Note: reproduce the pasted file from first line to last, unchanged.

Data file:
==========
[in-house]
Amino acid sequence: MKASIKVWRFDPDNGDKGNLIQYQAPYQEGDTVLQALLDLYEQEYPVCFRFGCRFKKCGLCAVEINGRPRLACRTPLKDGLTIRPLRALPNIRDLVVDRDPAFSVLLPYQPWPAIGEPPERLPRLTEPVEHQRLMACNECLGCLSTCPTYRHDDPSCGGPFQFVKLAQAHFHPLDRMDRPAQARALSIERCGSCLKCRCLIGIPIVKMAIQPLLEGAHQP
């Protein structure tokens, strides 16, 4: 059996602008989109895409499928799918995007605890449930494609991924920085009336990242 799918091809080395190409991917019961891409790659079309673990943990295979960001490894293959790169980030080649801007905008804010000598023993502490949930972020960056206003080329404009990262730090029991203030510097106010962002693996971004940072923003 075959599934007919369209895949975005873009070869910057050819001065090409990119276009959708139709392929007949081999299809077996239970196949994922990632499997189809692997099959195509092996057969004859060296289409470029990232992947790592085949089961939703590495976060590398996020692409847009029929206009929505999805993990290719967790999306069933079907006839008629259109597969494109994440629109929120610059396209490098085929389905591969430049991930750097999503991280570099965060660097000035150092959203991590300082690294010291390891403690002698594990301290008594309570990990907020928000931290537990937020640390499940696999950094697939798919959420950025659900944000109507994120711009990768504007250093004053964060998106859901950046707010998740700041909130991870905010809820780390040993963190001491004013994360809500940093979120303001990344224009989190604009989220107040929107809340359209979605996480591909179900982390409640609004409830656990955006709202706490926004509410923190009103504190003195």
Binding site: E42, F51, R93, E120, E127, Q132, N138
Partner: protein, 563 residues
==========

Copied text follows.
[in-house]
Amino acid sequence: MKASIKVWRFDPDNGDKGNLIQYQAPYQEGDTVLQALLDLYEQEYPVCFRFGCRFKKCGLCAVEINGRPRLACRTPLKDGLTIRPLRALPNIRDLVVDRDPAFSVLLPYQPWPAIGEPPERLPRLTEPVEHQRLMACNECLGCLSTCPTYRHDDPSCGGPFQFVKLAQAHFHPLDRMDRPAQARALSIERCGSCLKCRCLIGIPIVKMAIQPLLEGAHQP
């Protein structure tokens, strides 16, 4: 059996602008989109895409499928799918995007605890449930494609991924920085009336990242 799918091809080395190409991917019961891409790659079309673990943990295979960001490894293959790169980030080649801007905008804010000598023993502490949930972020960056206003080329404009990262730090029991203030510097106010962002693996971004940072923003 075959599934007919369209895949975005873009070869910057050819001065090409990119276009959708139709392929007949081999299809077996239970196949994922990632499997189809692997099959195509092996057969004859060296289409470029990232992947790592085949089961939703590495976060590398996020692409847009029929206009929505999805993990290719967790999306069933079907006839008629259109597969494109994440629109929120610059396209490098085929389905591969430049991930750097999503991280570099965060660097000035150092959203991590300082690294010291390891403690002698594990301290008594309570990990907020928000931290537990937020640390499940696999950094697939798919959420950025659900944000109507994120711009990768504007250093004053964060998106859901950046707010998740700041909130991870905010809820780390040993963190001491004013994360809500940093979120303001990344224009989190604009989220107040929107809340359209979605996480591909179900982390409640609004409830656990955006709202706490926004509410923190009103504190003195």
Binding site: E42, F51, R93, E120, E127, Q132, N138
Partner: protein, 563 residues